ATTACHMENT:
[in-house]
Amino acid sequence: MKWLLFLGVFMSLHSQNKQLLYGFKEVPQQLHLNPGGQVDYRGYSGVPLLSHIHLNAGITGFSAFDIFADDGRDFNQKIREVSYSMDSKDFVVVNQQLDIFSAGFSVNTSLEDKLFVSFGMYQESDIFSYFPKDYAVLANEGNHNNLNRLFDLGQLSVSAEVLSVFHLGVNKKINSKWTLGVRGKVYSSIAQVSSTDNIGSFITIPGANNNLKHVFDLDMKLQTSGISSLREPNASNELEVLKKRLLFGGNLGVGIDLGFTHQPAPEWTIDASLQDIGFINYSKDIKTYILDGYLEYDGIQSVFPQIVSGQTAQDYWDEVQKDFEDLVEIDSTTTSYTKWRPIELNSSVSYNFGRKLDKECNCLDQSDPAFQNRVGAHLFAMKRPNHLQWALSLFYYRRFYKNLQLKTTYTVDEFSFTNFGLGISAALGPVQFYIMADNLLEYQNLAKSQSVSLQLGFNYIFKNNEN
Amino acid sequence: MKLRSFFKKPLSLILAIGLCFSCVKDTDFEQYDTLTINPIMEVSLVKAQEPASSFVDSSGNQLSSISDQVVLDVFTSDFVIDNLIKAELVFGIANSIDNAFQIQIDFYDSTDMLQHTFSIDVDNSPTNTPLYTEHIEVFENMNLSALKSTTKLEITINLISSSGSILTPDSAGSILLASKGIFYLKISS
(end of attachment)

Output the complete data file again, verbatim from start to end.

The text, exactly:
[in-house]
Amino acid sequence: MKWLLFLGVFMSLHSQNKQLLYGFKEVPQQLHLNPGGQVDYRGYSGVPLLSHIHLNAGITGFSAFDIFADDGRDFNQKIREVSYSMDSKDFVVVNQQLDIFSAGFSVNTSLEDKLFVSFGMYQESDIFSYFPKDYAVLANEGNHNNLNRLFDLGQLSVSAEVLSVFHLGVNKKINSKWTLGVRGKVYSSIAQVSSTDNIGSFITIPGANNNLKHVFDLDMKLQTSGISSLREPNASNELEVLKKRLLFGGNLGVGIDLGFTHQPAPEWTIDASLQDIGFINYSKDIKTYILDGYLEYDGIQSVFPQIVSGQTAQDYWDEVQKDFEDLVEIDSTTTSYTKWRPIELNSSVSYNFGRKLDKECNCLDQSDPAFQNRVGAHLFAMKRPNHLQWALSLFYYRRFYKNLQLKTTYTVDEFSFTNFGLGISAALGPVQFYIMADNLLEYQNLAKSQSVSLQLGFNYIFKNNEN
Amino acid sequence: MKLRSFFKKPLSLILAIGLCFSCVKDTDFEQYDTLTINPIMEVSLVKAQEPASSFVDSSGNQLSSISDQVVLDVFTSDFVIDNLIKAELVFGIANSIDNAFQIQIDFYDSTDMLQHTFSIDVDNSPTNTPLYTEHIEVFENMNLSALKSTTKLEITINLISSSGSILTPDSAGSILLASKGIFYLKISS